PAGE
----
Inflation eases to 2.7% in July 2014
The inflation rate eased slightly hitting 2.7% y-o-y in July 2014, holding steady compared to the previous month’s CPI (2.9% y-o-y). Headline inflation is expected to average around 3.0% for 2014 as a whole, despite the limited pressures seen in the foodstuffs component, later in the year due to rising international food prices.
Inflation was generally stable across all sub-components in July 2014, with the exception of tobacco and narcotics prices which witnessed a big jump. During the month, food price inflation remained unchanged m-o-m whilst the y-o-y inflation eased to 2.0% (July 2013: 5.8%). Food price inflation has been trending slower since May 2013 when the inflation rate was at 6.3%. Kuwait imports approximately 90.0% of its food items for domestic consumption, thus the moderate food prices were in line with declining trends in international food prices in the past few months. There is a good chance that inflation in food prices will begin to pick up once again later this year, especially as international food prices have been seeing inflation accelerate. Still, any increase is expected to have a modest impact on overall inflation.
Most significantly, prices of tobacco and narcotics increased dramatically witnessing a jump of 4.8% m-o-m, on the back of a 4.9% increase in the prices of tobacco and narcotics, bringing the annual inflation rate of the sub-component to a drastic 12.6% y-o-y. The prices of tobacco and narotics increased significantly for the second consecutive month, following off of last month’s jump of 5.8% m-o-m. This jump was not suprising and further increases are expected in this category, seeing as Kuwait’s Ministry of Health is considering proposing tax hikes on tobacco products. The World Health Organisation had previously asked GCC countries to introduce excise taxes on tobacco products in order to raise prices and reduce consumption effectively, in a meeting in 2012. The GCC countries do not impose excise taxes on tobacco products. They only impose import duties which are in contradiction with the Wold Trade Organization rules.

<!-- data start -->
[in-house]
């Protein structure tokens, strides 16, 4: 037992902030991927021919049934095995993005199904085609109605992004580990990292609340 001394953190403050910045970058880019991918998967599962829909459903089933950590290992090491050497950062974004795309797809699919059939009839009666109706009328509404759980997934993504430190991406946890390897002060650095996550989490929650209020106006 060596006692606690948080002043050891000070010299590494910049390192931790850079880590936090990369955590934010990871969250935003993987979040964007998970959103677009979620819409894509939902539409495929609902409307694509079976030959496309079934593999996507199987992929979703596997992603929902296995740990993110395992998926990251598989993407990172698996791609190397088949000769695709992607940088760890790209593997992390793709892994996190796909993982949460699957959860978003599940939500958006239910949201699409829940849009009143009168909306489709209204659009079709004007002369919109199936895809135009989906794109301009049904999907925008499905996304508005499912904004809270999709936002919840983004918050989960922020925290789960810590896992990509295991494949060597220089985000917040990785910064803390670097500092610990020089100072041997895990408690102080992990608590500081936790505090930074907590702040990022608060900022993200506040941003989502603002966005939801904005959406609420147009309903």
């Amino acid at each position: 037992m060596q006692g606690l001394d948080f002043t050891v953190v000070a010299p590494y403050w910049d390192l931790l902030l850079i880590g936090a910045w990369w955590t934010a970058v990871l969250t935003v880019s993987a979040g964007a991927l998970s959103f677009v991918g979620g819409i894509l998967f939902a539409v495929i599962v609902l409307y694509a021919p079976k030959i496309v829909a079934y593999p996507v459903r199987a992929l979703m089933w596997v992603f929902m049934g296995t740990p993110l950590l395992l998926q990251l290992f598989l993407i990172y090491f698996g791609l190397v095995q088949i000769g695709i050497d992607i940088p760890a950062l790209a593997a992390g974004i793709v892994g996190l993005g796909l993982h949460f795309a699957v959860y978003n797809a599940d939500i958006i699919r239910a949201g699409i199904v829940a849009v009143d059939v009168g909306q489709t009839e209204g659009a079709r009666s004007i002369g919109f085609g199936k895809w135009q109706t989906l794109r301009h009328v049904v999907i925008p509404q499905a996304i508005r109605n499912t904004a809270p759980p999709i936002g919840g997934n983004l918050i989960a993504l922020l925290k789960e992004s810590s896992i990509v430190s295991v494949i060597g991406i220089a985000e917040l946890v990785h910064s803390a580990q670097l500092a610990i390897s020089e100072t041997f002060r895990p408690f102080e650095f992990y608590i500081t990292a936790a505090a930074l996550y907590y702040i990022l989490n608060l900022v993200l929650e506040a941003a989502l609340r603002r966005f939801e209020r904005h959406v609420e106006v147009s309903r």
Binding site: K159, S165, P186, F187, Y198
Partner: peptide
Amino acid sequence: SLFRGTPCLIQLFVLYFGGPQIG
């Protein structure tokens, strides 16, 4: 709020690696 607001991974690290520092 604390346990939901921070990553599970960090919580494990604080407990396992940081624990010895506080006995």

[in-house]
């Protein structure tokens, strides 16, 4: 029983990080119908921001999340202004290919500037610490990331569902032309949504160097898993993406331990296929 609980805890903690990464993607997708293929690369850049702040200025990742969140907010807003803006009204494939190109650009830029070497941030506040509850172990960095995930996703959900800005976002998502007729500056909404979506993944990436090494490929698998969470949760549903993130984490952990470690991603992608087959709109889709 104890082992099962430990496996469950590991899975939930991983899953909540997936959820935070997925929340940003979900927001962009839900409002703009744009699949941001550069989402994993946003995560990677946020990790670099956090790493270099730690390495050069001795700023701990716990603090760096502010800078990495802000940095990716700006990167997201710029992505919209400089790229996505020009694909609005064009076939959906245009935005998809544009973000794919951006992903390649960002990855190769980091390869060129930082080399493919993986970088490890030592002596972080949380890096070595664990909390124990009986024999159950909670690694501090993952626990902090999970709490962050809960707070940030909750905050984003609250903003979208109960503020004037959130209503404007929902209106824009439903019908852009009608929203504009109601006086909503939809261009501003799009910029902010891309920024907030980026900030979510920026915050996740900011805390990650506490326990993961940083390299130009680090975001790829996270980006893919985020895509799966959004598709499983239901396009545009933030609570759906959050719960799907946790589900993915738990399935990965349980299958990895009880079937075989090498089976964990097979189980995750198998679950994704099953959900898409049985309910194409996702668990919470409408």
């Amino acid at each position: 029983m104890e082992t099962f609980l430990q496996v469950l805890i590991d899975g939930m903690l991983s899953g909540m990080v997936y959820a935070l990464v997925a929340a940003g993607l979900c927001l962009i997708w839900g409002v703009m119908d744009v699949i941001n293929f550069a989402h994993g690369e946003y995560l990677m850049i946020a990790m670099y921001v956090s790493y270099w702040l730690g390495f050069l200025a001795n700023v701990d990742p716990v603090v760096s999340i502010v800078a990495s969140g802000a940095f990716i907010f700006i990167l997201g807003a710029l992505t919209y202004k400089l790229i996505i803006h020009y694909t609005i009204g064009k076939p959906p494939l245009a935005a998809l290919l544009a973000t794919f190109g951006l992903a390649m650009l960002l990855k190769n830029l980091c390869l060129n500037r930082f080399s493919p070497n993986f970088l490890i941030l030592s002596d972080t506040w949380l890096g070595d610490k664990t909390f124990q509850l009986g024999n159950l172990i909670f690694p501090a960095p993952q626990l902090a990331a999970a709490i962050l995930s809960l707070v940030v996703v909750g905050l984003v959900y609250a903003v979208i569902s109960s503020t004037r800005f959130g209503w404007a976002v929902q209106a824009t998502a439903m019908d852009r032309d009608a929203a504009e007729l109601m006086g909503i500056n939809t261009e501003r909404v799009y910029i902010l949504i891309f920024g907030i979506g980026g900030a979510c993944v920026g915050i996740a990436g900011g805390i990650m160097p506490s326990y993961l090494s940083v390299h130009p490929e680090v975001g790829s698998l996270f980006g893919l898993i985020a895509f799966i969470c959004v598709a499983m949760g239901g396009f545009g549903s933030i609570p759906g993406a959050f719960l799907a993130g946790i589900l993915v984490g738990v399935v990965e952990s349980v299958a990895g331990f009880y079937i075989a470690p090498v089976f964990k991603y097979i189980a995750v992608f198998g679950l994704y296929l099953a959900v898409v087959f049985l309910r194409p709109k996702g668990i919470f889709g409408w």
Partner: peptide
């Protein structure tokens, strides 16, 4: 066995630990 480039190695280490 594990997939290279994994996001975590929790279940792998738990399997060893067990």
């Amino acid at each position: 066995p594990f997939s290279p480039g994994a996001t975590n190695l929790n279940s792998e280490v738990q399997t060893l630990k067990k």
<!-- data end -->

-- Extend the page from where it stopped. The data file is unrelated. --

Furthermore, prices of furnishing equipment & household maintenance continued to increase and reached 4.3% y-o-y in July 2014. It is noteworthy that the price in this category has grown significantly as it used to hover around 2.2% – 2.8% in April 2013 to August 2013 and has remained above the 4.0% level since October last year. Similarly, housing services cost inflation was at 4.4% y-o-y in July 2014, unchanged from June 2014.
Education prices were up 4.2% y-o-y in July 2014 as the new school year approaches. Also, prices of restaurants and hotels increased to 2.5% y-o-y during the month, up from 0% last year, reflecting healthy consumer spending in that sector. On the other hand, deflation was witnessed in one CPI sub-component in July which was the communication category, y-o-y deflation was at 1%.
GCC Inflation Outlook 2014
Inflation rates across the Gulf Cooperation Council (GCC) member states ranged between 1.2% and 3.1% y-o-y in 1H14, according to the Statistical Centre for the Cooperation Council for the Arab Countries of the Gulf. The latest figures revealed that Bahrain topped the list among GCC countries, recording an inflation rate of 3.1% over the six-month period. Kuwait came in second place, posting the second highest inflation rate in the region in H1 of 2.9%, followed by 2.8% in Qatar, 2.7% in Saudi Arabia, 2.2% in the UAE and 1.2% in Oman. The GCC-Stat figures revealed price increases across several different recording categories. In Oman, furniture, household goods and routine household maintenance, increased by 7.4%, while in Qatar and Bahrain, costs for housing, water, electricity, gas and other fuels increased by 7.4% and 5.6% respectively.
Inflation is projected to remain subdued at an average of about 3% in 2H14 in the GCC, reflecting both the absence of global inflationary pressure, as global food prices continue to be subdued, and the openness of the economies. Inflationary pressures in the UAE, Qatar and Kuwait were contained due to a domestic boom-bust cycle in real estate, which reigned in rising rents. In addition, a large share of the oil surplus has been sterilised by investing in offshore rather than domestic assets, while some countries have imposed price controls. Therefore, we predict that inflation rates will stay at manageable, low single-digit levels throughout the GCC region.